It has been fourteen years since my last visit to Japan when I was researching Wasanban sugar for an article for Food Arts Magazine. It was my last memorable tempura experience. In Japan, the tempura coating was an impossibly thin crisp veil through which one could see the fish or vegetable and I longed to experience it again. When I read in the New York Times that Masao Matsui, a renowned tempura chef from Tokyo, had been tempted out of retirement to open in New York I was eager to experience his rendition of this fine art. Chef Matsui started in the restaurant business in Japan when he was 18 . Reviews highlight how over the years he has perfected his zen-like tempura mastery to achieve a batter that is as thin as possible--just thick enough to coat the ingredient. Each ingredient glistens through its light and crisp coating, which he refers to as "My Tempura." Over the years he has owned several tempura restaurants in Tokyo. In July, we were in New York City to attend a memorial get together for my dear friend, colleague, and editor Gary Tucker for Food Arts magazine. Everyone who attended was invited to bring an appetizer. Our contribution was Pepperkakors, a spicy cookie from The Baking Bible which makes an appealing appetizer, especially when coated with a soft goat cheese. Some of us also contributed special memories about Gary. After the memorial was over Woody and I went on to dinner at Tempura Matsui. We were given an exceptionally warm welcome from the hostess and then were ushered to our seats at the tempura counter where we could enjoy seeing the master and his sous chefs work their magic. Chef Matsui serves his guests with a prix fix, Omakase experience with several stages for tonight's dinner. Omakase transalates as "I will leave it up to you." Before our eyes, we watched the preparation of the oil, the precise mixing and testing of the batter, and the wooden boxes bearing Chef's choices for us to relish. Every course was served in an exquistely unique vessel. This first course was sea urchin with Japanese yam and wasabi. Over the next two hours was a fascinating dining experience of 9 small courses, with Chef personally placing his "My Tempura" delicacies on our serving platters. Some of our favorites were the scallops wrapped in nori, the maitaki mushrooms, and the seasonal fish kisu.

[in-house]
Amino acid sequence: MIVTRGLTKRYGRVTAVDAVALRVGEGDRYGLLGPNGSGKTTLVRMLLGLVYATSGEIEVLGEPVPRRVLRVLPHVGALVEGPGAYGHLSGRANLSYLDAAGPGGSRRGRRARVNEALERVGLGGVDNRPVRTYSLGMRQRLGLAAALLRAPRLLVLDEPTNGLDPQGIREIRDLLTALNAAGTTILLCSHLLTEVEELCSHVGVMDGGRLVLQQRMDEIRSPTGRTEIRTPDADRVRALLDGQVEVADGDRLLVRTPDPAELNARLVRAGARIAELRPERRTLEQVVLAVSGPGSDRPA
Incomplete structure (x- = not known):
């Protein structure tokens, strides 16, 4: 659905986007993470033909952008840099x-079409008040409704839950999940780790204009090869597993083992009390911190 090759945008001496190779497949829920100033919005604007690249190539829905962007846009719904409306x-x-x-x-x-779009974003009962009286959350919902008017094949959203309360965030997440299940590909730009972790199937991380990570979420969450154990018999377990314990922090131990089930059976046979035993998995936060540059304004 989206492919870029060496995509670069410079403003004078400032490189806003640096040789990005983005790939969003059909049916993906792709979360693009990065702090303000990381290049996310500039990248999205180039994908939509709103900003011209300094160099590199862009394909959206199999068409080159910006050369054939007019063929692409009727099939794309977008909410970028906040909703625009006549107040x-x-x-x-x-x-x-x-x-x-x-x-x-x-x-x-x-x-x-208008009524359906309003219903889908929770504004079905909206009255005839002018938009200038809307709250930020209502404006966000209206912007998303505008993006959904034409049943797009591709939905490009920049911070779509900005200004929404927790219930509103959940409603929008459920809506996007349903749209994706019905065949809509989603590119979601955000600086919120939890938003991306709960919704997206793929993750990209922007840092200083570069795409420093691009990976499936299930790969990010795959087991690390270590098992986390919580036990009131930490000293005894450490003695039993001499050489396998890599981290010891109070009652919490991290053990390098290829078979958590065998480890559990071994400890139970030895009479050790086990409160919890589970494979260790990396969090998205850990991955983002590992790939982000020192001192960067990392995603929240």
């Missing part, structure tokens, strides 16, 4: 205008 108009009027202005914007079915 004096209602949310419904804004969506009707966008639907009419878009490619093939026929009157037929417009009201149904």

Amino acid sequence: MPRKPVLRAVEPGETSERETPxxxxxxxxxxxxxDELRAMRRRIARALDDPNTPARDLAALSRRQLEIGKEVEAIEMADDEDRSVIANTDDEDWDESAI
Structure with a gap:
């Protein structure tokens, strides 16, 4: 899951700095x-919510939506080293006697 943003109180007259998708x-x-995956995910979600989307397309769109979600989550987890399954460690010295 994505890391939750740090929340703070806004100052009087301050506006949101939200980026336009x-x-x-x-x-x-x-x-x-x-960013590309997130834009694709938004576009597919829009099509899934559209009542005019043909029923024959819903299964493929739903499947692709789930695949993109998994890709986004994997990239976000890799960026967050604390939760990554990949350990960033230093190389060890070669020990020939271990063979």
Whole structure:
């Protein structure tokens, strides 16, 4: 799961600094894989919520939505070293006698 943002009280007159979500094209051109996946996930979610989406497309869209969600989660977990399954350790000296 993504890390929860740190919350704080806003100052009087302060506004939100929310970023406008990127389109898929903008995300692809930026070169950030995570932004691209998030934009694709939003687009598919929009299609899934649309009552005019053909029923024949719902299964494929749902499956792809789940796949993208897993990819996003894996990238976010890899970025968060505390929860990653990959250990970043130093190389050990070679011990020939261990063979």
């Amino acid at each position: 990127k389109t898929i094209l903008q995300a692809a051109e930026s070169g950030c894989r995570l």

Other favorites were the Zensai appetizers (tofu, octopus, and egglant): The Conger eel: and the Ten-don (cluster of shrimp tempura over rice) The entire staff worked as a seamless collaboration. When our dessert course of peach compote appeared, we were both inspired to honor Chef Matsui with some of our reserve of Pepperkakors. Suddenly he appeared at our side, politely tried one, and smiled. Woody gave him the bag of 24 cookies to enjoy and share with his staff. As we opened the front door to the busy New York night atmosphere and stars above, Chef Matsui gave us a farewell bow, which we graciously returned. It was like being back in Japan. Tempura Matsui